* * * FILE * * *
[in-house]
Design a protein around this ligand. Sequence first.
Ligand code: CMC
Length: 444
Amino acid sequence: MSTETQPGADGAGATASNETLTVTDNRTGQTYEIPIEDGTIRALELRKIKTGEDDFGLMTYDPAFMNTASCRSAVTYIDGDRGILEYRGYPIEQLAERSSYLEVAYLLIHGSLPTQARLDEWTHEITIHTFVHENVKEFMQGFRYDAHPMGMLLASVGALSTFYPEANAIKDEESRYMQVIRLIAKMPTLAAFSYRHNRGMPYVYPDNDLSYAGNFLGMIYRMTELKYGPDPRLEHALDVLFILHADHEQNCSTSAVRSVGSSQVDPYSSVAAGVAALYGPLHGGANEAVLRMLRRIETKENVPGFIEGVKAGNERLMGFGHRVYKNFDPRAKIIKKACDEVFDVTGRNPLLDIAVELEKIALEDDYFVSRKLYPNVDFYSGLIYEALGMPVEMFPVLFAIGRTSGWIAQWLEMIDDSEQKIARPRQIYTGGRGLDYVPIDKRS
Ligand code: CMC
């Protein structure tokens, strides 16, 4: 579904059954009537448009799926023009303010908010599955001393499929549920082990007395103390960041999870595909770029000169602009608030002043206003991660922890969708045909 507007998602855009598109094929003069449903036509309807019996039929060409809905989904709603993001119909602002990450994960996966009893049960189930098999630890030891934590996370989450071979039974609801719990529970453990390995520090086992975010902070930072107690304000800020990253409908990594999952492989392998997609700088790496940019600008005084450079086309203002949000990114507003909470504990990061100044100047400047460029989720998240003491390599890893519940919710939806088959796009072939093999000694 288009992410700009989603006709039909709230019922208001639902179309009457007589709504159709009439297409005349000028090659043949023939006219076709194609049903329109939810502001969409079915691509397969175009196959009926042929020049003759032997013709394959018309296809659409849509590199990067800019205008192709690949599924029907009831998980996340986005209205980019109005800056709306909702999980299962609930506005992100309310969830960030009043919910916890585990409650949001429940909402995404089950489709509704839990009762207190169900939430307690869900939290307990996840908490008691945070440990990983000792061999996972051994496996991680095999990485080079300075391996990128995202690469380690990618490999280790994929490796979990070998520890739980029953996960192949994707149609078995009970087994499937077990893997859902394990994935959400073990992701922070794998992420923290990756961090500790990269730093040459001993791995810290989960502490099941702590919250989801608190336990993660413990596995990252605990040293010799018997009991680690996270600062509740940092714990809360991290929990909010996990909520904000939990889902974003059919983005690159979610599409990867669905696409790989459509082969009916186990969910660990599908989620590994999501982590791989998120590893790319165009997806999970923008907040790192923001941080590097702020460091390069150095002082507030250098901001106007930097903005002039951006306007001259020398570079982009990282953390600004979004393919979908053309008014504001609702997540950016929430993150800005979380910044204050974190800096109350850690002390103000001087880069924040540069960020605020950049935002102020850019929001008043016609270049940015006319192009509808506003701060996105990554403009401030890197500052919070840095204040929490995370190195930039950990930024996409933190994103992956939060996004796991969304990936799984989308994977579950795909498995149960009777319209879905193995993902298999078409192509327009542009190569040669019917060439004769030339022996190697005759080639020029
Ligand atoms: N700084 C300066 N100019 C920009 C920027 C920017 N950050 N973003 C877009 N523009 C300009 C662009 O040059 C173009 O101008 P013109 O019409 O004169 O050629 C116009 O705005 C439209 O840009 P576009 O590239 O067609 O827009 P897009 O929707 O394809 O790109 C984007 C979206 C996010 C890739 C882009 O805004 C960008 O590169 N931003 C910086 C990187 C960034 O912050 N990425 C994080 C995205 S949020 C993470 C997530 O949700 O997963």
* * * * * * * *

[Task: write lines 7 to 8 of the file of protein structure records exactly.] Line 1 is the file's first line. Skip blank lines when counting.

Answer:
């Protein structure tokens, strides 16, 4: 579904059954009537448009799926023009303010908010599955001393499929549920082990007395103390960041999870595909770029000169602009608030002043206003991660922890969708045909 507007998602855009598109094929003069449903036509309807019996039929060409809905989904709603993001119909602002990450994960996966009893049960189930098999630890030891934590996370989450071979039974609801719990529970453990390995520090086992975010902070930072107690304000800020990253409908990594999952492989392998997609700088790496940019600008005084450079086309203002949000990114507003909470504990990061100044100047400047460029989720998240003491390599890893519940919710939806088959796009072939093999000694 288009992410700009989603006709039909709230019922208001639902179309009457007589709504159709009439297409005349000028090659043949023939006219076709194609049903329109939810502001969409079915691509397969175009196959009926042929020049003759032997013709394959018309296809659409849509590199990067800019205008192709690949599924029907009831998980996340986005209205980019109005800056709306909702999980299962609930506005992100309310969830960030009043919910916890585990409650949001429940909402995404089950489709509704839990009762207190169900939430307690869900939290307990996840908490008691945070440990990983000792061999996972051994496996991680095999990485080079300075391996990128995202690469380690990618490999280790994929490796979990070998520890739980029953996960192949994707149609078995009970087994499937077990893997859902394990994935959400073990992701922070794998992420923290990756961090500790990269730093040459001993791995810290989960502490099941702590919250989801608190336990993660413990596995990252605990040293010799018997009991680690996270600062509740940092714990809360991290929990909010996990909520904000939990889902974003059919983005690159979610599409990867669905696409790989459509082969009916186990969910660990599908989620590994999501982590791989998120590893790319165009997806999970923008907040790192923001941080590097702020460091390069150095002082507030250098901001106007930097903005002039951006306007001259020398570079982009990282953390600004979004393919979908053309008014504001609702997540950016929430993150800005979380910044204050974190800096109350850690002390103000001087880069924040540069960020605020950049935002102020850019929001008043016609270049940015006319192009509808506003701060996105990554403009401030890197500052919070840095204040929490995370190195930039950990930024996409933190994103992956939060996004796991969304990936799984989308994977579950795909498995149960009777319209879905193995993902298999078409192509327009542009190569040669019917060439004769030339022996190697005759080639020029
Ligand atoms: N700084 C300066 N100019 C920009 C920027 C920017 N950050 N973003 C877009 N523009 C300009 C662009 O040059 C173009 O101008 P013109 O019409 O004169 O050629 C116009 O705005 C439209 O840009 P576009 O590239 O067609 O827009 P897009 O929707 O394809 O790109 C984007 C979206 C996010 C890739 C882009 O805004 C960008 O590169 N931003 C910086 C990187 C960034 O912050 N990425 C994080 C995205 S949020 C993470 C997530 O949700 O997963």